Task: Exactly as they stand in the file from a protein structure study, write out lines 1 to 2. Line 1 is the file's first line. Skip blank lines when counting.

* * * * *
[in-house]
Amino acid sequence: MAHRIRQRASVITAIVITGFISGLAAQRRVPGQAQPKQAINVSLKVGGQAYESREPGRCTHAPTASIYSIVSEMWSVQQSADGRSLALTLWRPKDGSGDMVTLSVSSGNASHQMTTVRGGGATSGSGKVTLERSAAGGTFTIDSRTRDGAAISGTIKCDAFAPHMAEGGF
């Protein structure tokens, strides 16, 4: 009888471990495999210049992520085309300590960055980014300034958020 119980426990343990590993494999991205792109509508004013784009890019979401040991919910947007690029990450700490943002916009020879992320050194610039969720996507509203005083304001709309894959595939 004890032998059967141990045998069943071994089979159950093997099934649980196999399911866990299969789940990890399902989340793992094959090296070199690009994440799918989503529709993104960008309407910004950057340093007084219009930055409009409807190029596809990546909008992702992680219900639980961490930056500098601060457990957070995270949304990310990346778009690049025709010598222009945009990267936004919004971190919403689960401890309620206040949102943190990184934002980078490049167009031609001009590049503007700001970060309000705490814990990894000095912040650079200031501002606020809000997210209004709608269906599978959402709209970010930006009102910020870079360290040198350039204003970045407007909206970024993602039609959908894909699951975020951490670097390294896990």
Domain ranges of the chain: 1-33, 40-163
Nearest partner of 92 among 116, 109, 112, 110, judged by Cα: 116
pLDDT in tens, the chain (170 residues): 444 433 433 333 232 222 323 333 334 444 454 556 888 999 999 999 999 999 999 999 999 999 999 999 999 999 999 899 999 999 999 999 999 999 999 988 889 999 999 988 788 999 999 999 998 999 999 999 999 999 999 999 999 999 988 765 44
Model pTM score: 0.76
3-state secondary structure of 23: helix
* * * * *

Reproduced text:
[in-house]
Amino acid sequence: MAHRIRQRASVITAIVITGFISGLAAQRRVPGQAQPKQAINVSLKVGGQAYESREPGRCTHAPTASIYSIVSEMWSVQQSADGRSLALTLWRPKDGSGDMVTLSVSSGNASHQMTTVRGGGATSGSGKVTLERSAAGGTFTIDSRTRDGAAISGTIKCDAFAPHMAEGGF